The Brick-and-Mortar Comeback Story
When Amazon.com sold its first book online, it signalled the inevitable decline of traditional brick-and-mortar retailers and ushered in a plethora of companies disrupting the traditional business segments by making goods and services available online. It was a brutal time for businesses as startups were caught in the dot-com bubble and many traditional businesses could not survive the onslaught of more nimble and lean online competitors. Eventually, when the dust settled only the strongest survived.
At that time, it wasn’t hard to imagine the future of retail where stores are rendered obsolete and everything is made available at the click of a button. Fast forward 20 years, have we arrived at that future? While no one will dispute that e-commerce is here to stay, we have come to a new appreciation of what the next phase of retail will look like.
As brick-and-mortar retailers struggle to compete with e-tailers and to keep their shops open, a new wave of e-tailers have ventured into the very space they helped vacate. How should brands adapt to stay relevant in the climate of this reversal?
Amazon.com and Xiaomi Make a U-turn
Amazon.com is widely credited as the catalyst behind the death of traditional bookstores, so believe me when I say we need to sit up and listen when Amazon decides the next phase is physical bookstores.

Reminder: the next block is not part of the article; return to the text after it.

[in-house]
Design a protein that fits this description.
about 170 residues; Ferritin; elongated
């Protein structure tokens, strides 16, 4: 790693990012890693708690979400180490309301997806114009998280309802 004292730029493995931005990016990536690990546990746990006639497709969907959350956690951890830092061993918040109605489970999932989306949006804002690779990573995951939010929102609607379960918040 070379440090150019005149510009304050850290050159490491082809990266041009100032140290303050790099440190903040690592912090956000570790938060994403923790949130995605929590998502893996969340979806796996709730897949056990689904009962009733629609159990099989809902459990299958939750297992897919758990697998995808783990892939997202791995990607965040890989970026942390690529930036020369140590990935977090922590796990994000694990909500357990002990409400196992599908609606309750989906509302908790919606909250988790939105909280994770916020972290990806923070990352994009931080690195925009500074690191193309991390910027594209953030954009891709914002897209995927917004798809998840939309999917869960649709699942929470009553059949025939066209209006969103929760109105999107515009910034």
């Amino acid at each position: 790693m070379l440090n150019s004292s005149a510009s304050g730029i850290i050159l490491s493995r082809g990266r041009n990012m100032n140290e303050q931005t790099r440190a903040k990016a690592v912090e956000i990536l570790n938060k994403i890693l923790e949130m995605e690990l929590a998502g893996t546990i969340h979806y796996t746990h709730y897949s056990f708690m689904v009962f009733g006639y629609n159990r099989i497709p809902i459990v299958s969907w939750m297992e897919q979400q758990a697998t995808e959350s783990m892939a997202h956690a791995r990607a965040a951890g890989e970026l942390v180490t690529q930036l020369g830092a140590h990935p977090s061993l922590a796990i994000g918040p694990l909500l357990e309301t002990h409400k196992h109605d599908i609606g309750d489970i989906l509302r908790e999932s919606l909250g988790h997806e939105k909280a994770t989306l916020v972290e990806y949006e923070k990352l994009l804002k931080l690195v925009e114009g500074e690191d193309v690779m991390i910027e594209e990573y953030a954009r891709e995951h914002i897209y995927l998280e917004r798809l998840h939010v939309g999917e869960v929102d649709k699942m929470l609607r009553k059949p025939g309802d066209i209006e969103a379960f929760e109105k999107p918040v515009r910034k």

By the end of 2017, there will be at least nine physical Amazon bookstores in major cities around the United States. Their main justification for venturing into brick-and-mortar? To better engage customers and cross-sell other Amazon services such as Amazon Prime.
Besides Amazon, we’re seeing more major e-tailers emphasize the importance of a brick-and-mortar strategy. Xiaomi was known as the Apple of China in the first few years of their meteoric rise. They were extremely proud that they could reduce overheads and transfer savings to their customers since they only operated online. It worked well when phones sold out within minutes due to heavy demand.
However, they have since changed their stance as they struggle to hold on to their domestic market share in the face of fierce competition from physical retail stores and rival brands. In Dec 2016, the CEO of Xiaomi announced that they would be launching 1,000 new retail stores in China along within the next three years to win back market share. A huge U-turn from their humble online beginnings.
Irreplaceable Experience with a New Audience
Even with these indications, the rise of physical retail stores does not mean the slightest sense of a decline for online retail. Retail, in general, has very much evolved and we need to understand the underlying principles and elements that will work for retail in this generation.
As much as we try to digitize the retail experience, there’s much of it that is irreplaceable. Nothing beats being served by an attentive staff or trying on the items in person. Furthermore, visual merchandising in a store can transport a customer into a different spatial possibility that sells the brand’s story and identity, something online shopping will never be able to achieve.